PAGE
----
My review of Paris Photo by David Lynch and Julian Frydman (Paris Photo/Steidl, 2013) is now available on photo-eye. You can get the book here.
Art fairs are corrosive beasts. The convenience they provide collectors by gathering so much work in one space is often at odds with actually seeing work in any intelligent fashion. Although a lot has been said and written about art fairs and their effects on artists and the art market, not all fairs are bad. For photographers, and lovers of photography, Paris Photo is probably the preeminent fair. While it shares some of the shortcomings of many fairs, there's a lot more good than bad. Paris Photo, an anthology selected by David Lynch and edited by Julien Frydman, is an idiosyncratic record and guided tour of Paris Photo 2012 that showcases Lynch's favorite photographs from the fair. What at first glance appears to be a bloated catalog of photos for sale (the kind of art fair catalog you might pick up only to recycled once you're home) is actually a smart collection of odd and wonderful photographs only Lynch could compile.
At this point in his career, David Lynch has achieved iconic status. Such is his influence that his name is often lazy shorthand for anything remotely uncanny or strange. This is unfortunate, but true for anyone so influential and singular in both vision and talent. In this book, Lynch has gathered ninety-nine of his favorite photographs from Paris Photo 2012. There are expected choices, like Joel-Peter Witkin, but the book also includes many unexpected selections like Helen Levitt and Jan Groover. Canonical photographers like Josef Koudelka, Sarah Moon, Lee Friedlander and Kenneth Josephson, share space with numerous contemporary photographers like Christian Patterson, Guy Tillim, Alison Rossiter, Helen Van Meenen and Philip-Lorca diCorcia. Fleshing out the anthology are a variety of anonymous historic photographs whose subjects range from nudes and dogs to terrifying WWII naval battles.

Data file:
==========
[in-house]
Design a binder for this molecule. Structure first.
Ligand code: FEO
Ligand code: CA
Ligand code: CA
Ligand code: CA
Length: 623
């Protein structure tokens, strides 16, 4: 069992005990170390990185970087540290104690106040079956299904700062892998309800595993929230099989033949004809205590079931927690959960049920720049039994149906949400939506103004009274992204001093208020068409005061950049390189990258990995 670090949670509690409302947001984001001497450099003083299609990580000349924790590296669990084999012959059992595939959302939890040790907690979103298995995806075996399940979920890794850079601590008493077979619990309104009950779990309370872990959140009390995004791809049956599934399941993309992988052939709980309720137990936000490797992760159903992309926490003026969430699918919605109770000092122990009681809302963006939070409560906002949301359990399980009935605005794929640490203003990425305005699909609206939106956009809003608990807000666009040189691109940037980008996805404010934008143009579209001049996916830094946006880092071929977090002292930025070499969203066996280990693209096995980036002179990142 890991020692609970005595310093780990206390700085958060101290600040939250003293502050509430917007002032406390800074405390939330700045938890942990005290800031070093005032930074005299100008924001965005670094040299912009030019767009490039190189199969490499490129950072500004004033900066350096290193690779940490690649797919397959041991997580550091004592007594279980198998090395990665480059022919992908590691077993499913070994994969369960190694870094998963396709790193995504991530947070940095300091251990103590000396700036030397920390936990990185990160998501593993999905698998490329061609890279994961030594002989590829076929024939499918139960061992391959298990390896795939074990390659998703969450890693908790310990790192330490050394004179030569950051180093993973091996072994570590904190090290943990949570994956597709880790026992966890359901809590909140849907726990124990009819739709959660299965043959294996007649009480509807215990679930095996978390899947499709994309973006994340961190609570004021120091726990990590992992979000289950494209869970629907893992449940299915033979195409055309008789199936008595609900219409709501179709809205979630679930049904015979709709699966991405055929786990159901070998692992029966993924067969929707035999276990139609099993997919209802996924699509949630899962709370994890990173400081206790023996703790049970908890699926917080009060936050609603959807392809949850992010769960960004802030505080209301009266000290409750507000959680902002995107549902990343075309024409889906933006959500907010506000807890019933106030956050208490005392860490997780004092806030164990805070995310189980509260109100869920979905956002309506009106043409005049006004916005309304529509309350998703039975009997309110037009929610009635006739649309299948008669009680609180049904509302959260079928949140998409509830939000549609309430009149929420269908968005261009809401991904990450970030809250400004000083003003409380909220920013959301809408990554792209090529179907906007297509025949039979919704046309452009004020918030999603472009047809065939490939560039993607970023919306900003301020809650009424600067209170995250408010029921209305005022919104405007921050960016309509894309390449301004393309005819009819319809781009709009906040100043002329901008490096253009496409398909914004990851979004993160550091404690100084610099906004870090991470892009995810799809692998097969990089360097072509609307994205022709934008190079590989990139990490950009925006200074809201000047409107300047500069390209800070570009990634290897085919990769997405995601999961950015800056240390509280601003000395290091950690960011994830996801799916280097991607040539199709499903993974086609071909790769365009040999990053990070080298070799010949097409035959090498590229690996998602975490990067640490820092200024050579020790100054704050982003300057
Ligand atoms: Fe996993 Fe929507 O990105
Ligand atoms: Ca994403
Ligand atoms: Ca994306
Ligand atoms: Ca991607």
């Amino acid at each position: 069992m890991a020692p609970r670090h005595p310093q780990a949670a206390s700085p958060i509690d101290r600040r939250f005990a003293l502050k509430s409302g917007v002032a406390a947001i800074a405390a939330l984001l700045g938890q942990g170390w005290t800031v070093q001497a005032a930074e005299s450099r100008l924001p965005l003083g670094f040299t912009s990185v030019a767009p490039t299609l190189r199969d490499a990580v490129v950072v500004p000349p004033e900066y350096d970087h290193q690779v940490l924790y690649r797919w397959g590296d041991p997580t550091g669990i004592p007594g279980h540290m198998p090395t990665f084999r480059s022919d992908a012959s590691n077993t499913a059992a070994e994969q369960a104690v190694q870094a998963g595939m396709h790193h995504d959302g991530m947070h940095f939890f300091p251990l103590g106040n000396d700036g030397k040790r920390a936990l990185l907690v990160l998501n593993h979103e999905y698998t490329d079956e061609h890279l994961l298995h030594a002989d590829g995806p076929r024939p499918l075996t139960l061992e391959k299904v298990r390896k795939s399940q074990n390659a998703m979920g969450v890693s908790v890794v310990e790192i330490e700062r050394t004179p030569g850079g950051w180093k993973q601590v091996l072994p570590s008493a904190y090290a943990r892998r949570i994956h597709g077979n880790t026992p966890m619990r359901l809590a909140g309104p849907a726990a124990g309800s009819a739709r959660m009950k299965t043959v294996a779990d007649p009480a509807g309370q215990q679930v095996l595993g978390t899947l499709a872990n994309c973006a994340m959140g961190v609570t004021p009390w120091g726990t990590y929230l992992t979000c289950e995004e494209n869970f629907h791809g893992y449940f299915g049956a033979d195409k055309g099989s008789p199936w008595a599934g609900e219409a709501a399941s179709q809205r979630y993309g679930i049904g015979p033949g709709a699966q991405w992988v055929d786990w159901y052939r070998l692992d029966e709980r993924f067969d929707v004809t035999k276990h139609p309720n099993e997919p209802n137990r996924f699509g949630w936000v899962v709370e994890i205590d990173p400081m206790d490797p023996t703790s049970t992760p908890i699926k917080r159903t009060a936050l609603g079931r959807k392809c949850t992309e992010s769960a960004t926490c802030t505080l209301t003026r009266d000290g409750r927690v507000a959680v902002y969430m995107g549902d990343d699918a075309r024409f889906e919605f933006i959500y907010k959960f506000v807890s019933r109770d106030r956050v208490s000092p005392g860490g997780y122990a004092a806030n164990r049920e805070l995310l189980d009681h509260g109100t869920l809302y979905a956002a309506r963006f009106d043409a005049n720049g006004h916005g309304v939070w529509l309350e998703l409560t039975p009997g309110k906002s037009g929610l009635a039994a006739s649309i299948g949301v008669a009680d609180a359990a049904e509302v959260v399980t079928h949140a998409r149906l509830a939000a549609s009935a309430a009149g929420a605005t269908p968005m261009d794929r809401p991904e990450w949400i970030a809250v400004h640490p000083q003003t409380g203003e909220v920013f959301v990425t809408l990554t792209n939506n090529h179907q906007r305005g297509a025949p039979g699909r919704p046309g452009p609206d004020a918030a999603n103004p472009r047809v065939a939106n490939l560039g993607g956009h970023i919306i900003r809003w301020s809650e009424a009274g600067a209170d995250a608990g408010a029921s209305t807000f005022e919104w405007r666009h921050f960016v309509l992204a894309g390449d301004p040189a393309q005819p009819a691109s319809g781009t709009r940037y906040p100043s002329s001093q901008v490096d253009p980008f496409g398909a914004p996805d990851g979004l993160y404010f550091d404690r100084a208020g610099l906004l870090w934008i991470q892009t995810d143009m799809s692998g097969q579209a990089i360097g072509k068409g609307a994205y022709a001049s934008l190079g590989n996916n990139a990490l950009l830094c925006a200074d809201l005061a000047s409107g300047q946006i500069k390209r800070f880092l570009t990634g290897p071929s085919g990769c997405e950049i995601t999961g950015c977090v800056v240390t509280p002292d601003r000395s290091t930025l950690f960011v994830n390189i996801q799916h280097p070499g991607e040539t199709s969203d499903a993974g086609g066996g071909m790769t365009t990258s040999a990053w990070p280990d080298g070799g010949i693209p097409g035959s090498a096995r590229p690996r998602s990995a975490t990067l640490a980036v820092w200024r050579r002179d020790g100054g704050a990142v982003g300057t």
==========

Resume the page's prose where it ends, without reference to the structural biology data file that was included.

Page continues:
All images © respective artists and Paris Photo/Steidl, 2013
Refreshingly, the range and depth of the work flies in the face of any glib assessment of Lynch, his work or assumed aesthetic taste. While many images are disturbing or share an unsettling psychological register, these images are counterbalanced with landscapes, still-lifes and abstractions. Interspersed with short epigrams and musings by Lynch, the book also contains a smart introduction by Kathleen McKenna that traces the common thread through Lynch's own films, photographs and artwork, and the selected photographs in the book. While the images are organized in a loose thematic pattern, there is no overarching structure to the book. Given the wide range of work, the book should appeal not only to fans of Lynch and photography, but also lovers of the medium.
One of the greatest strengths of any art fair is the sheer volume of work it packs into one location. It's also its greatest weakness. Context, continuity and connections are often lost in the sea of images. Smart work is smothered, or shouted down. Images bleed into one another and weariness sets in. Despite all these problems, the volume of work also allows each person to craft their own experience – selecting their favorites, dismissing the dross and ignoring the rest. In Paris Photo, we've been invited to follow David Lynch through the endless booths to discover hidden treasures, to be startled and surprised. We may not agree with all the choices, but the trip is worthwhile.
Please note: This review originally appeared on May 23rd, 2013 on photo-eye. You can get the book here.